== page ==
A Bournemouth woman says she was told to "move on" by the authorities as she prayed outside an abortion clinic buffer zone.
Livia Tossici-Bolt was praying with her friend outside the parameter of the 150m buffer zone when they were approached by two community safety officers employed by the local council to patrol the vicinity of the abortion clinic.
She says they were asked to leave the area because their prayer could cause "intimidation, harassment or distress".
One officer also reportedly raised concerns about their proximity to a school and said that "the children may ask questions".
Tossici-Bolt is being supported by the Alliance Defending Freedom (ADF) UK.
"The principle of so-called "buffer zones" erodes the basic tenets of democracy – that is, in this country, we are allowed to hold different views and beliefs," commented Lois McLatchie, communications officer for ADF UK.
"We stand firmly against harassment of women. Police forces and local authorities already have a wealth of legislation to prevent and penalise harassment of women in any circumstance, let alone near an abortion facility.
"New 'censorship zones' go far further than is just or necessary – clamping down on civil liberties that allow volunteers to offer genuine help, or even just to pray, in a public space."
Tossici-Bolt said, "Everyone has the freedom to pray quietly in a public place.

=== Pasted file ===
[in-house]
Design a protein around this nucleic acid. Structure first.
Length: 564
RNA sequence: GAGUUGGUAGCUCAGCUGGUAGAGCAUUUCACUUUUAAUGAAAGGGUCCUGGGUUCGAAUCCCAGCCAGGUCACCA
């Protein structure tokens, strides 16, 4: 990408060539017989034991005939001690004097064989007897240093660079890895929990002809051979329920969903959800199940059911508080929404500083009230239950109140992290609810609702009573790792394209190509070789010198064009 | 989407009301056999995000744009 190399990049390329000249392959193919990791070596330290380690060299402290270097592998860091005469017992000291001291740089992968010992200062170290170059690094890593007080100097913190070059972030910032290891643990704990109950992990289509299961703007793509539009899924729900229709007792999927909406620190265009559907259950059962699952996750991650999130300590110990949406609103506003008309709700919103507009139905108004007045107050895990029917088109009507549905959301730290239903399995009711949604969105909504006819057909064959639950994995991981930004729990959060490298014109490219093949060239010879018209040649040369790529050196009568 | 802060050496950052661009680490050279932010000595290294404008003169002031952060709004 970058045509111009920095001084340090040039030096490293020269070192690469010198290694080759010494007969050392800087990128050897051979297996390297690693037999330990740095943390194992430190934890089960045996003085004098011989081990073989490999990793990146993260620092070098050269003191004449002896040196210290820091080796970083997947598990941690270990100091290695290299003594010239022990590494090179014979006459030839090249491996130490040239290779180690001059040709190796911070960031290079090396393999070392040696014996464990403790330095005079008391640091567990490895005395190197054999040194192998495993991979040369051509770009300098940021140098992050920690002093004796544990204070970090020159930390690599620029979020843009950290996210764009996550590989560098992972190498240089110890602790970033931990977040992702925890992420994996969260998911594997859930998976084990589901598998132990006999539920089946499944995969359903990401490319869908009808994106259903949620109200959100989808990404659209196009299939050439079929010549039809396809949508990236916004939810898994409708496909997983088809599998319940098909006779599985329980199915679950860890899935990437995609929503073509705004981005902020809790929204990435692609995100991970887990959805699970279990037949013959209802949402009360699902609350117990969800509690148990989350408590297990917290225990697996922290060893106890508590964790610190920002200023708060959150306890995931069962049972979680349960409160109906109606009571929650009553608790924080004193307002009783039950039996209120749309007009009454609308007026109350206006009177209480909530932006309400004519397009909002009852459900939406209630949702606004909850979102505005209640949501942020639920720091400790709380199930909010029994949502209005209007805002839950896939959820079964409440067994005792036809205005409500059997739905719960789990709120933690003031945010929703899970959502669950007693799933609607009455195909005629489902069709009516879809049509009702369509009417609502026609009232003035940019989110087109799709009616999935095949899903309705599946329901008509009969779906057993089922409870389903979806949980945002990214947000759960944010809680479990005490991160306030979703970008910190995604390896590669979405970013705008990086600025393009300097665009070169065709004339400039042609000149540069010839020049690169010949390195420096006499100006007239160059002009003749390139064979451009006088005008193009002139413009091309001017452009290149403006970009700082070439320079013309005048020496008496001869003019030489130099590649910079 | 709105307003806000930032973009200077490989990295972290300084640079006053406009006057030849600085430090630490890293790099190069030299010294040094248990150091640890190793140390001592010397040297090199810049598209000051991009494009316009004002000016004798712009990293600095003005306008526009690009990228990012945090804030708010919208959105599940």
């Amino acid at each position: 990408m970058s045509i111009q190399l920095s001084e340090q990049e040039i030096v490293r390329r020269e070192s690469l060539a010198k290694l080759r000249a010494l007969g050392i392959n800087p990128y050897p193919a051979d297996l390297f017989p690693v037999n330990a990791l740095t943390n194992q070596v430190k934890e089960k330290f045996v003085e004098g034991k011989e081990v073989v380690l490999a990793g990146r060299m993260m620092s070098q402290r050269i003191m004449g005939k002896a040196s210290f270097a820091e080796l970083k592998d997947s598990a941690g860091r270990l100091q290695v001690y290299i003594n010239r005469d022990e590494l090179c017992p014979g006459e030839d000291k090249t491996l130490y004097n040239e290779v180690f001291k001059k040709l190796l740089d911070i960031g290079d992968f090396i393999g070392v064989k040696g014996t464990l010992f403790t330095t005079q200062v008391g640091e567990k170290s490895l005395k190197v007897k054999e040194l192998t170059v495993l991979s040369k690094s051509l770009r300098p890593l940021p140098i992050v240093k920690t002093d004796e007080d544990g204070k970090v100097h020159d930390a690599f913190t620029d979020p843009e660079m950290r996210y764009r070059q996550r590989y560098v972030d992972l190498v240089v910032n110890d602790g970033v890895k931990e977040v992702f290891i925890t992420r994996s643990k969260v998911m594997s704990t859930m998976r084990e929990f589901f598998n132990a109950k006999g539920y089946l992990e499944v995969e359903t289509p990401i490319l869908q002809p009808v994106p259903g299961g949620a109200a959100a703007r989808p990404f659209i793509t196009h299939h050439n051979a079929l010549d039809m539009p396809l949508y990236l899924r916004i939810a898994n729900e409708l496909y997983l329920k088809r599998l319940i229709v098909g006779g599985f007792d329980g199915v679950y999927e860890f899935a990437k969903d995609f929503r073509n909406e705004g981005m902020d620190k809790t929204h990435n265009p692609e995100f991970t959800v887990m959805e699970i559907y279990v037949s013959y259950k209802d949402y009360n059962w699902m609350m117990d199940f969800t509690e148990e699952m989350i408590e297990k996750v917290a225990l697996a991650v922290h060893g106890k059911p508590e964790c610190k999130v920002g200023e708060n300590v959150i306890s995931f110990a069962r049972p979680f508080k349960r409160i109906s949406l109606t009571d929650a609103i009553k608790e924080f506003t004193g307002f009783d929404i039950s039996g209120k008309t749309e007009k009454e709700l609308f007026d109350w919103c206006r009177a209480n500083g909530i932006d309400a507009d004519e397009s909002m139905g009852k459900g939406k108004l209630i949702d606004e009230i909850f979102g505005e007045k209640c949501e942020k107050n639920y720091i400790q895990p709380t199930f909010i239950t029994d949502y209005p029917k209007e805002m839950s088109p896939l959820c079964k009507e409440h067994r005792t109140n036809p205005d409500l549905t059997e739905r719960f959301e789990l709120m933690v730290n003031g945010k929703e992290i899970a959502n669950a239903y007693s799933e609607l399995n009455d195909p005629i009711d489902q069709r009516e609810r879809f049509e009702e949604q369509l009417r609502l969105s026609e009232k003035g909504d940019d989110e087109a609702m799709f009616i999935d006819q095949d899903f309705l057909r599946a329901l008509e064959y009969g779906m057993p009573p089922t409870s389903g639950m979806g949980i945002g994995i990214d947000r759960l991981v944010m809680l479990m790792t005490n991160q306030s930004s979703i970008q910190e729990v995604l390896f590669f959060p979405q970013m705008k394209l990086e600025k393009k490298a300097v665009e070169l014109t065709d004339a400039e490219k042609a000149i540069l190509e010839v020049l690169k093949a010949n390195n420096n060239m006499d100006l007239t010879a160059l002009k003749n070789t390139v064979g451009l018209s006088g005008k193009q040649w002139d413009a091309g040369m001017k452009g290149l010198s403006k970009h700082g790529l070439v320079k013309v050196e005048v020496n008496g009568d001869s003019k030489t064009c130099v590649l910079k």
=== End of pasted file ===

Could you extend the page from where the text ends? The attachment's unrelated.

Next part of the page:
"I would never dream of doing something that causes intimidation and harassment. We complied with the new rules instituted by the council and didn't pray within the censorship zone.
"Yet nevertheless, these prayer-patrol officers tried to intimidate us out of exercising our freedom of thought and of expression – in the form of prayer - which has been a foundational part of our society for generations."
Peers in the House of Lords this week debated legislative proposals in Clause 9 of the Public Order Bill that seek to prohibit "influencing" and "expressing opinion" near abortion facilities nationwide.
Speaking against the proposals, Baronness Claire Fox of Buckley said, "If we pass Clause 9, why will other institutions not demand buffer zones around their special case facilities?
"If we consider that in Clause 9 a buffer zone is defined very broadly as '150 metres from ... any access point to any building or site that contains an abortion clinic', does that not make protests of all sorts at hospitals potentially unlawful?
"What if you wanted to organise a vigil outside a hospital in which, for example, babies died due to negligence, such as in the maternity services scandal recently?
"What about a rally against the use of puberty blockers on teenagers? Would that be banned too?"